Environmental Schemes and the Emergence of the Marine Stewardship Council

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The problems surrounding depleting fish stocks around the world has been steadily increasing, and many companies are facing increasing pressure to promote environmentally friendly practices. A major high street retailer in Europe, Marks and Spencer has taken a step in this direction, as the company is collaborating with WWF to sign a charter to protect Europe’s waters from overfishing.

There are many third-party fishery environmental schemes in place around the world to tackle the dwindling fish stocks. The Friend of the Sea was initiated in 2005, works by approving products if target stocks are not overexploited and the seabed is not impacted by certain fishing methods. The Naturland Association promotes organic agriculture. Up till now they had only been concerned with aquaculture certifications. However, recently they initiated a wild fisheries certification scheme, starting with a trial certification programme in Tanzania on Lake Victoria.

Before the enactment of the U.S. Marine Mammal Protection Act (MMPA) in 1972, as many as half a million dolphins died. By the late 1980s, increased pressures by consumers led to the initiation of the ‘Dolphin Safe Label’. This label was designed to certify that tuna was caught in a way that protects dolphins. This is based on the Agreement on the International Dolphin Conservation Program (AIDCP), a multilateral agreement under the IATTC Regional Fisheries Organization, or in line with a programme promoted by the Earth Island Institute (EII) a US based non-governmental organization.

In response to the growing demand in Japan for eco-labelled products, MEL-Japan was established in 2007 to support fisheries that work to conserve marine resources and the oceans. The objective is to foster and advance fisheries that actively address protection of marine resources and ecosystems by certifying such fisheries and differentiating their products from others with the Marine Eco-Label. The Krav is the Swedish certification for organic products. It includes all parts of the chain of custody, from the fishery to the retailers, and certification involves assessment of the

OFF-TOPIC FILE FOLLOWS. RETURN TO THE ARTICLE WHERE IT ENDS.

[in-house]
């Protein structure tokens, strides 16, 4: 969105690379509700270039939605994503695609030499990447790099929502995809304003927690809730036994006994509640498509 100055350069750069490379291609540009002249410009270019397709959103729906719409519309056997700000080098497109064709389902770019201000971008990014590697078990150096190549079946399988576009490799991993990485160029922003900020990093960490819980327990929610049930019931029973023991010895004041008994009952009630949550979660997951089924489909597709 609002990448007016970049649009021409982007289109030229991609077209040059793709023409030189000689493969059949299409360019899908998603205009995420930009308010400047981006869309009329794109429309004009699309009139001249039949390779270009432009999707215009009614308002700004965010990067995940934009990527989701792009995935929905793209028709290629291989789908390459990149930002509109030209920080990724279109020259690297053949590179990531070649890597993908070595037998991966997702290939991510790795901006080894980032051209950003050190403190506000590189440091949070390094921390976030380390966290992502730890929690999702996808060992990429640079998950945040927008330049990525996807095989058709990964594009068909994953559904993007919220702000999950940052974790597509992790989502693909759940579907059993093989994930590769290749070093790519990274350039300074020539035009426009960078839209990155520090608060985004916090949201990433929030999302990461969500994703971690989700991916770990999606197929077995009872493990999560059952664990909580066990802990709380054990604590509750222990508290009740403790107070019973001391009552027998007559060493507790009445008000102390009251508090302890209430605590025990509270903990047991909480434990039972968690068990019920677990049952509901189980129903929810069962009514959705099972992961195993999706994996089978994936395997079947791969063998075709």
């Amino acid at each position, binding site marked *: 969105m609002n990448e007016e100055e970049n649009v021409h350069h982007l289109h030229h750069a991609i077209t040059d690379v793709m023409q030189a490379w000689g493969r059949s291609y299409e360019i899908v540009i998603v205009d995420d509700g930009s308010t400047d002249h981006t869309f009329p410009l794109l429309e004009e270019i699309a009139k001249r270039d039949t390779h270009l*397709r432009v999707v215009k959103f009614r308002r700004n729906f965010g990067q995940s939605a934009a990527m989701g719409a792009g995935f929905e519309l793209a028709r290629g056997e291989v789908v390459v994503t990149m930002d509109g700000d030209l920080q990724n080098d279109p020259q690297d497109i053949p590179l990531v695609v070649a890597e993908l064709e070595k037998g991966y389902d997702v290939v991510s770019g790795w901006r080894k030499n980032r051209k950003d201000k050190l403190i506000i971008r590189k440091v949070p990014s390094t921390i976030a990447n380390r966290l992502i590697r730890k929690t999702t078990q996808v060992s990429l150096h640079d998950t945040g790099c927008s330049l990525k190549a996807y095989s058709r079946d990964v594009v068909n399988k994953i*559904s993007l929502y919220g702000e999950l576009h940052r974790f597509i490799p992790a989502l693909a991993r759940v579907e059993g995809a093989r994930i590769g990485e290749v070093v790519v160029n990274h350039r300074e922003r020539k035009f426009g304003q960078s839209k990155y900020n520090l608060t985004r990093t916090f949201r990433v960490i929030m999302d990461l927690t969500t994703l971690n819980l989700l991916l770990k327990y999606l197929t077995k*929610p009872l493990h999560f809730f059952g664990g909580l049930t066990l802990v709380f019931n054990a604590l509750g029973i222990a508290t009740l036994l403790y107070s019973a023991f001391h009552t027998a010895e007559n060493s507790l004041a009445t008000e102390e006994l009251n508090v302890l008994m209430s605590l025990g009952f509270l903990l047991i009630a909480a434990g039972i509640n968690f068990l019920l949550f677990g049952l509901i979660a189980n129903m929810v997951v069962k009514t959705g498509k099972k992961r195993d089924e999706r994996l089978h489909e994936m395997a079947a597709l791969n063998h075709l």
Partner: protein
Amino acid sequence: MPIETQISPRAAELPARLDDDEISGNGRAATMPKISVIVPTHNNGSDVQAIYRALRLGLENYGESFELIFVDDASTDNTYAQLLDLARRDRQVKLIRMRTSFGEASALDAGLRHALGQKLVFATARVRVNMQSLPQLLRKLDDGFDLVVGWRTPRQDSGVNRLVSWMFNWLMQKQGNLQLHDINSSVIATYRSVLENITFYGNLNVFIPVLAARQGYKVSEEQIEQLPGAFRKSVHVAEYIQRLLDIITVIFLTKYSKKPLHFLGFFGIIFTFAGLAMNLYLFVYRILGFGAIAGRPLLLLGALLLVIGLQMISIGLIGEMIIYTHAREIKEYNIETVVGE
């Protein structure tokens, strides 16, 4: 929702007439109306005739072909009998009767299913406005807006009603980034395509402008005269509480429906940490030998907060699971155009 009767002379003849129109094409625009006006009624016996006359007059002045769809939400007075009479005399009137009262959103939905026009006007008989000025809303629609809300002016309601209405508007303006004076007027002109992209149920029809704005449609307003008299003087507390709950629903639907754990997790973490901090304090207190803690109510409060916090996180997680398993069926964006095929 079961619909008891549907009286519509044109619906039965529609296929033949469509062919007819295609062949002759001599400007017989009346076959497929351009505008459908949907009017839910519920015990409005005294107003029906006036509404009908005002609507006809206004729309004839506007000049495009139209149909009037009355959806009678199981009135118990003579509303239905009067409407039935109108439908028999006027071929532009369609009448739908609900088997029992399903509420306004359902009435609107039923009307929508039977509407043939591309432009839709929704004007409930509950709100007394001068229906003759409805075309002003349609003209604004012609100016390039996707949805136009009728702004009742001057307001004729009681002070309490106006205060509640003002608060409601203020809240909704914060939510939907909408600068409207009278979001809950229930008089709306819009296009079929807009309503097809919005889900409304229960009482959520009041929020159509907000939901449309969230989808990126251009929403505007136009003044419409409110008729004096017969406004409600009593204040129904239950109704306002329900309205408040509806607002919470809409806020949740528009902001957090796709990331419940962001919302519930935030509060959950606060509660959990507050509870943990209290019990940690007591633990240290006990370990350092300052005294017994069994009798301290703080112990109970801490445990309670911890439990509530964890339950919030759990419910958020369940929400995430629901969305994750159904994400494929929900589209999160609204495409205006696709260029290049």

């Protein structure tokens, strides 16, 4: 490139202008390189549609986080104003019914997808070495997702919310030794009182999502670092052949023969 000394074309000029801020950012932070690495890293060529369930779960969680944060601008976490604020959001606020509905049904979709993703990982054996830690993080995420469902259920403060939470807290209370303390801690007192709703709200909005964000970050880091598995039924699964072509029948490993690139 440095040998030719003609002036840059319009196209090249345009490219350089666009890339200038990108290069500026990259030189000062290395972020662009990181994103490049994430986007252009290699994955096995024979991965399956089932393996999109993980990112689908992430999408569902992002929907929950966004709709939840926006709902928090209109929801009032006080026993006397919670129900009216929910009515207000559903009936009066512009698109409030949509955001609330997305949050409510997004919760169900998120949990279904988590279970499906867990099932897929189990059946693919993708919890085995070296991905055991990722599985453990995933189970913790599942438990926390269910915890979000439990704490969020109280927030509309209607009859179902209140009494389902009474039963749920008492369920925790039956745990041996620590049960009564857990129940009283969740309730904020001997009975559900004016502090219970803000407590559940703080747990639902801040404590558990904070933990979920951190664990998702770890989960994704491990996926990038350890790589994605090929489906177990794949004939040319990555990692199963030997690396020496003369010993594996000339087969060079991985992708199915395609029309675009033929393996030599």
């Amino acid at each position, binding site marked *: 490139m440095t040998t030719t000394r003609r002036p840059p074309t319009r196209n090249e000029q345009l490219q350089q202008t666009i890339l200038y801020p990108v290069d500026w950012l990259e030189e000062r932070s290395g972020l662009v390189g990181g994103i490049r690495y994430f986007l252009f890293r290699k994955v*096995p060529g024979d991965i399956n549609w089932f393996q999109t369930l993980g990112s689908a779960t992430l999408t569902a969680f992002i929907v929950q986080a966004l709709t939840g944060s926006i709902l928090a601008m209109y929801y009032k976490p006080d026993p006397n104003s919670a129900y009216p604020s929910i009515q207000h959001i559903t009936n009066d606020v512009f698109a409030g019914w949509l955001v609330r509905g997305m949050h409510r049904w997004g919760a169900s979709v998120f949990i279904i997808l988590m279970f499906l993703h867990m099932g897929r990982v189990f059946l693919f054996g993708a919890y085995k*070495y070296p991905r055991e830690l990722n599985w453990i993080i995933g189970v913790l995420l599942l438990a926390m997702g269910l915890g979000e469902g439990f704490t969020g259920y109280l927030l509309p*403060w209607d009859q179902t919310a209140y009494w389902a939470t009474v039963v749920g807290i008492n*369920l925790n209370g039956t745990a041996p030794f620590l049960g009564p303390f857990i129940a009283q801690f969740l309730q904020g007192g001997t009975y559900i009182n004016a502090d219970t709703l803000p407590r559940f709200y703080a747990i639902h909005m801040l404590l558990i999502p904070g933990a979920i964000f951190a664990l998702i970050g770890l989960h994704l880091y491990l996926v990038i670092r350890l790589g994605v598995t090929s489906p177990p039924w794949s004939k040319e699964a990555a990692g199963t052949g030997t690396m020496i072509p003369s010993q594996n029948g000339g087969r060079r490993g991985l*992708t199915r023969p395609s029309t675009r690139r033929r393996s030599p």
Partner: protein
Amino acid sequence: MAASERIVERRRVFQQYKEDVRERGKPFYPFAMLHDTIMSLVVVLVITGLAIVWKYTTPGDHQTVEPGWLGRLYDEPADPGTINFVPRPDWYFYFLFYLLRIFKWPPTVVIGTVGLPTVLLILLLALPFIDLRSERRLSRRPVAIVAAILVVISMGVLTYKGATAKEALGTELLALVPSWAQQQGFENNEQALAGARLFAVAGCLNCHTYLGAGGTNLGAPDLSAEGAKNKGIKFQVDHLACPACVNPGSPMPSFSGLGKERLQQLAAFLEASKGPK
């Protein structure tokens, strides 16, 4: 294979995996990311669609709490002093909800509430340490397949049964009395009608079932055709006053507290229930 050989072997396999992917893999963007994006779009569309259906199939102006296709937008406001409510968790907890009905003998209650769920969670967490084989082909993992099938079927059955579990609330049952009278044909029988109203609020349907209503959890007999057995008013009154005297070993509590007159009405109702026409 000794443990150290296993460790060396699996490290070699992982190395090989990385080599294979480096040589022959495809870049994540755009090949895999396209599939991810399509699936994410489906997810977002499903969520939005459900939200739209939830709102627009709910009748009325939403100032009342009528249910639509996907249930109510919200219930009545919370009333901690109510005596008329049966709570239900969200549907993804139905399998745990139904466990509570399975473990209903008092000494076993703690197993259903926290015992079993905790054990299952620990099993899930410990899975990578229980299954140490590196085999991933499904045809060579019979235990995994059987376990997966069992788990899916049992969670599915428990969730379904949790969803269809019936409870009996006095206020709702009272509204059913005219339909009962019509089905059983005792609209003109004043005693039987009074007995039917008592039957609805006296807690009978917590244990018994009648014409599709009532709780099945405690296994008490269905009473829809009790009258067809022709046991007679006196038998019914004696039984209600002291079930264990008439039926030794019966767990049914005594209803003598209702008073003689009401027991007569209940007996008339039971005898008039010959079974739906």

fishery followed by individual vessel certification.

However, it was the Marine Stewardship Council that came out on top, in comparison to other assessed seafood eco-labelling schemes by a report commissioned by the WWF. According to the report, the Accenture Development Partnerships compared and ranked seven fishery certification schemes, including Friend of the Sea, Naturland, and Krav. The report found that except for the MSC, the other assessed schemes do not evaluate fisheries across all criteria to the extent required to support sustainable fishing and healthy oceans.

The Marine Stewardship Council is arguably the best known of the environmental schemes. It incorporates a process of third party certification of fisheries and supply chains, in addition to the use of labels. The MSC is an independent, global, non-profit organization and meets the highest benchmarks for credible certification and ecolabelling programmes.

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